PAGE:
The "Stand-Up": A Bathroom Breakthrough for Music Festivals

The writer last weekend, about to do the deed
The writer last weekend, about to do the deed
LA Weekly

Written by Taylor Hamby/LA Weekly

It was shortly after Charles Bradley's stellar set last Friday afternoon at Coachella. Four coffees sat heavy in my bladder and I had already spent our meager per diem on 2.5 beers.

It was time to break the seal.

When used for their intended purpose, portapotties are hardly a pleasant experience for either sex. But they can be especially tricky for women. Men only have to squat half the time -- women have to for both excretory functions, and it can get a little messy. With no seat-covers, it can be a pain to hover over that giant, cavernous hole of used Heineken and digested Spicy Pie pizza.

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You hold on to the door handle for dear life and pray you don't accidentally touch the seat or spray on your sandals. The struggle is real, so this Coachella, I decided to give standing up a try. Enter the aptly-named Stand-Up.

It's a hot pink paper penis, in so many words. The portable, disposable paper cone unfolds to a cardboard funnel. You stick the mouth of the funnel up to your lady parts and let it flow. The stream comes out an opening at the narrow end and away it goes.

So I headed over to a portapotty to relieve myself. As soon as I entered my first porta-potty of festival season, that familiar stink exacerbated by high-80-degree-heat greeted me. I closed the door and did my best to mouth breathe. As I pulled out the little clear package that held my little paper penises, I started to get oddly nervous. I had never peed standing up before. What would it be like?

But there was no time to be nervous -- I had to go. So I put it on up there, made sure there was a firm seal, and let 'er rip.

What was it like? In a word, messy. The back end of the funnel -- the part that folds out -- ripped off from the moisture, so pee started spraying out the back end by my taint and fell into my hands holding the thing. In the front, it sprayed everywhere, all over the seat (don't worry, I wiped it up). I had to wash my hands at length to get it all clean.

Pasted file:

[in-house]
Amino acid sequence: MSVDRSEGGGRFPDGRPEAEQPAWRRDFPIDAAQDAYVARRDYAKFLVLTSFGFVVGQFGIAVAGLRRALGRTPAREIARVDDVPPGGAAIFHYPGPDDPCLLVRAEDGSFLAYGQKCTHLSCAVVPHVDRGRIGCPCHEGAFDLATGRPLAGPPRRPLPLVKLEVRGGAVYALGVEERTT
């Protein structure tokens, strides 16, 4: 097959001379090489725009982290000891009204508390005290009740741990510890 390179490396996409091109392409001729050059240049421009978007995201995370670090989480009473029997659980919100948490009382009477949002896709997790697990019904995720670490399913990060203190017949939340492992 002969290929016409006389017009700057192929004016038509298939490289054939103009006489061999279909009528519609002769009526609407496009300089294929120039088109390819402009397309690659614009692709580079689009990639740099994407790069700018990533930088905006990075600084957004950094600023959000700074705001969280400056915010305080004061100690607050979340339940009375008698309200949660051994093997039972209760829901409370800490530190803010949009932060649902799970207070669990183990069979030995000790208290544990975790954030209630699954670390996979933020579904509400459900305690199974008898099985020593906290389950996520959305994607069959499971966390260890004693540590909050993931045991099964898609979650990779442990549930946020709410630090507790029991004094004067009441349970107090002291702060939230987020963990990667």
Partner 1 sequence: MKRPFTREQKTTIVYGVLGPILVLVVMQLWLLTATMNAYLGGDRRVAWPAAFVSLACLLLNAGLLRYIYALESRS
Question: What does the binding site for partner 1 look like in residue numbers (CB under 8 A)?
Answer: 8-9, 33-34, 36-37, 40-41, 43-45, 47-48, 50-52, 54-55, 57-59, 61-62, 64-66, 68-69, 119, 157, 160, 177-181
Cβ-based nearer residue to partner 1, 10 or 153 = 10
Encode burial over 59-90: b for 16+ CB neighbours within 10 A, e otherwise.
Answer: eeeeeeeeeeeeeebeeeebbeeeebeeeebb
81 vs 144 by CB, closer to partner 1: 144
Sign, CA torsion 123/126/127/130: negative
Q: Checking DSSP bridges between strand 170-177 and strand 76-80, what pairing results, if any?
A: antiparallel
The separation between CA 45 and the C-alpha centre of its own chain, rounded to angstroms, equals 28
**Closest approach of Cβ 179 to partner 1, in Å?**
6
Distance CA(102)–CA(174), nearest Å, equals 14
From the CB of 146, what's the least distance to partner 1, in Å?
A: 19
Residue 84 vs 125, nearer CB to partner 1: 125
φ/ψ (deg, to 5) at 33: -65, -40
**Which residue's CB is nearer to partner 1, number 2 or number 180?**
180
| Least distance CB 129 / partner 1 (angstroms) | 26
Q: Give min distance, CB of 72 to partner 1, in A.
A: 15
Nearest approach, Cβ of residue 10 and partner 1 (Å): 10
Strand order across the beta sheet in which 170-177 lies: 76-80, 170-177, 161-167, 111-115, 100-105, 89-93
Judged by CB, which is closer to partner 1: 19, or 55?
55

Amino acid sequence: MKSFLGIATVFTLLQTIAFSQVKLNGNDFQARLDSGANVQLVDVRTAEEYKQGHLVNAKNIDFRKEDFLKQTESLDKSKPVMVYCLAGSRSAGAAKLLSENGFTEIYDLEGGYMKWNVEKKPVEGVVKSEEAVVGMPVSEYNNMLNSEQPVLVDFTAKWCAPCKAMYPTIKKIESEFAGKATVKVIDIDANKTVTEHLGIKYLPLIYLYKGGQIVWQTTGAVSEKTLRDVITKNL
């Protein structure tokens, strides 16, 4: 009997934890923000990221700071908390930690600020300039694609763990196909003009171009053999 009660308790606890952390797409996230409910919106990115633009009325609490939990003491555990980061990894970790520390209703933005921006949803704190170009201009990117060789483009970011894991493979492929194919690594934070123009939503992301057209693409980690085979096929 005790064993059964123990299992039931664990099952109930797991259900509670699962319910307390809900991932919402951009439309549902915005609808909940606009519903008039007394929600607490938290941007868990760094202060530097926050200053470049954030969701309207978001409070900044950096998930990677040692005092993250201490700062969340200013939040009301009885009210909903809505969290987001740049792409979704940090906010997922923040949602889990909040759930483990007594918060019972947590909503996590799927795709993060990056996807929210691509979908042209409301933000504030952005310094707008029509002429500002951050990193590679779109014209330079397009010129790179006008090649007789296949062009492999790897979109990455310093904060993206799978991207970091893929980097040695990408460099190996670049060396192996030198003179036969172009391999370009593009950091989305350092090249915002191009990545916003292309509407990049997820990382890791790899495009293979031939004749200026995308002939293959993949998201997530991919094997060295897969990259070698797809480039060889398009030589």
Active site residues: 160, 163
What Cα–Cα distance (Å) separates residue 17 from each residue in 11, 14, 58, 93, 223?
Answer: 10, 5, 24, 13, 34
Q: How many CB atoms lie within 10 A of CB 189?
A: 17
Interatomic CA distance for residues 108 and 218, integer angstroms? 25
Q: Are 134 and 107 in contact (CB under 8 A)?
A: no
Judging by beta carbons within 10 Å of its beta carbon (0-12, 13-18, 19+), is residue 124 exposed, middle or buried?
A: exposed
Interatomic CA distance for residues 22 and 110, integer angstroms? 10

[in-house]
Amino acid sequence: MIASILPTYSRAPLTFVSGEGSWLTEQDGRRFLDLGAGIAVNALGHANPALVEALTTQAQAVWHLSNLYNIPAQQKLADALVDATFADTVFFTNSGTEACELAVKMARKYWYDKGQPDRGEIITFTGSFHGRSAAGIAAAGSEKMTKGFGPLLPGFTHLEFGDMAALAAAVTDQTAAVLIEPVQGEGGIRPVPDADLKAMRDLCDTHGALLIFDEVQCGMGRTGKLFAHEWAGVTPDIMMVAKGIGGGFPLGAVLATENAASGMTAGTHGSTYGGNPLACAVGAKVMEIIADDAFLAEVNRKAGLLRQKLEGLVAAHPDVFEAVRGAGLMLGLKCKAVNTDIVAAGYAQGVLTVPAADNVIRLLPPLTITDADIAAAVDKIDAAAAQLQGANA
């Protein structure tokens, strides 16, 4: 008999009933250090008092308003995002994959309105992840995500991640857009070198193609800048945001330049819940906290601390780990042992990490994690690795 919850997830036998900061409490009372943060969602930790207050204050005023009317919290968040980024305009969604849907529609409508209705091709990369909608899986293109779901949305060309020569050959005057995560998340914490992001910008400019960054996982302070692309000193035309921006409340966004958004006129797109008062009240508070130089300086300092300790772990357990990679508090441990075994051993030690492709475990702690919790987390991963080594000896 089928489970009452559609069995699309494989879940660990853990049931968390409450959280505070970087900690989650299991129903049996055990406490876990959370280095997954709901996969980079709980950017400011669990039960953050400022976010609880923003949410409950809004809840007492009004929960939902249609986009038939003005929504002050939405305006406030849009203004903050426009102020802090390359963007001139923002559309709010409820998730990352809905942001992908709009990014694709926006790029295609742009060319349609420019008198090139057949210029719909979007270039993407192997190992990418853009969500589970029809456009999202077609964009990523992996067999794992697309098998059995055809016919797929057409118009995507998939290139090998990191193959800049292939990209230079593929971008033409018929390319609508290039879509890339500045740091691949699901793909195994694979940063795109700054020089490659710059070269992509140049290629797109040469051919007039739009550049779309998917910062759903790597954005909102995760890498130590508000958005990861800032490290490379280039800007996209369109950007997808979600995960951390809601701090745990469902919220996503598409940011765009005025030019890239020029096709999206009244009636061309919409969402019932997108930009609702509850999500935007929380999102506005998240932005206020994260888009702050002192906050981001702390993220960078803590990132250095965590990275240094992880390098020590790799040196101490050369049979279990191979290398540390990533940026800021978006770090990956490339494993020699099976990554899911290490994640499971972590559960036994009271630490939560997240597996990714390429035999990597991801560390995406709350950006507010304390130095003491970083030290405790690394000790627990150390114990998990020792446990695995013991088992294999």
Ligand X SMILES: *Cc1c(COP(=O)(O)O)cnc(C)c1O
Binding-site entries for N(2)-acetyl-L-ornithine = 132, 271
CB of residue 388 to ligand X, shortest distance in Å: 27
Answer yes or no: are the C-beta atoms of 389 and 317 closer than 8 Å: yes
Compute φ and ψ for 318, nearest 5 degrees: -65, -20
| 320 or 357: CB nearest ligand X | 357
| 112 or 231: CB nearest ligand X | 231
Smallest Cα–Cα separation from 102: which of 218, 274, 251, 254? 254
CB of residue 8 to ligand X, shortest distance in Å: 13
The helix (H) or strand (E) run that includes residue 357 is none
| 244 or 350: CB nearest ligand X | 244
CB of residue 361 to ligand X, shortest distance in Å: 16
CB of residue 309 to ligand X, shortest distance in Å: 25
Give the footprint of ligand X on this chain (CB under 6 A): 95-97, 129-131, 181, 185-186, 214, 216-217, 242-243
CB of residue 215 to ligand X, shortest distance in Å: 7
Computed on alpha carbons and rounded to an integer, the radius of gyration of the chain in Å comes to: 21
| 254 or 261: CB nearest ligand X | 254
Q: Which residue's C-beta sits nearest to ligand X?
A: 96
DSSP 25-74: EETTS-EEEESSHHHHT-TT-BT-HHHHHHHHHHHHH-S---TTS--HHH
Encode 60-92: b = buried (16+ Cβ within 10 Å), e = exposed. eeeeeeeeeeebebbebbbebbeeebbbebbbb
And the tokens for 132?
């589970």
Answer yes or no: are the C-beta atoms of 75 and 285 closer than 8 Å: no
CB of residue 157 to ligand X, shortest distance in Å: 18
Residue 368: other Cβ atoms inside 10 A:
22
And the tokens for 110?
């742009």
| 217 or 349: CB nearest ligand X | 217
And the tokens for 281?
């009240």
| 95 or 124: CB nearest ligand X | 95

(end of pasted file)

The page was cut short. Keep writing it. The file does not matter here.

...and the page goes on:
Use with caution.
Use with caution.
Photo by Taylor Hamby

To make matters worse, someone began to forcefully try to open the door as I stood, mid-stream, even though the "Vacant" light was off. They stopped for a second and rattled the door again. I was mortified they would get in. I'd rather have someone walk in on me sniffing cocaine or makin' bacon than see me standing up and peeing.

The first attempt left me feeling like the tried and true method of hovering and holding on was far more quick and clean than this brave new world.

Just after Alabama Shakes and before Steely Dan took over the Outdoor Stage, it was time for round two. This time was a vast improvement -- I got more on the seat and none on my hands. The piece stayed intact, too.

By round three I was paper-penis pissing like a pro. None on the hands, none on the seat -- I was in, out and on with the concert.

While standing up was a fun, almost novel way to take care of business this Coachella, I think I'll go back to sitting down once the weekend's over. But one thing's for sure: I'll never yell at a man for spraying on the seat again.

Read LA Weekly's complete coverage of Coachella's first weekend right here.

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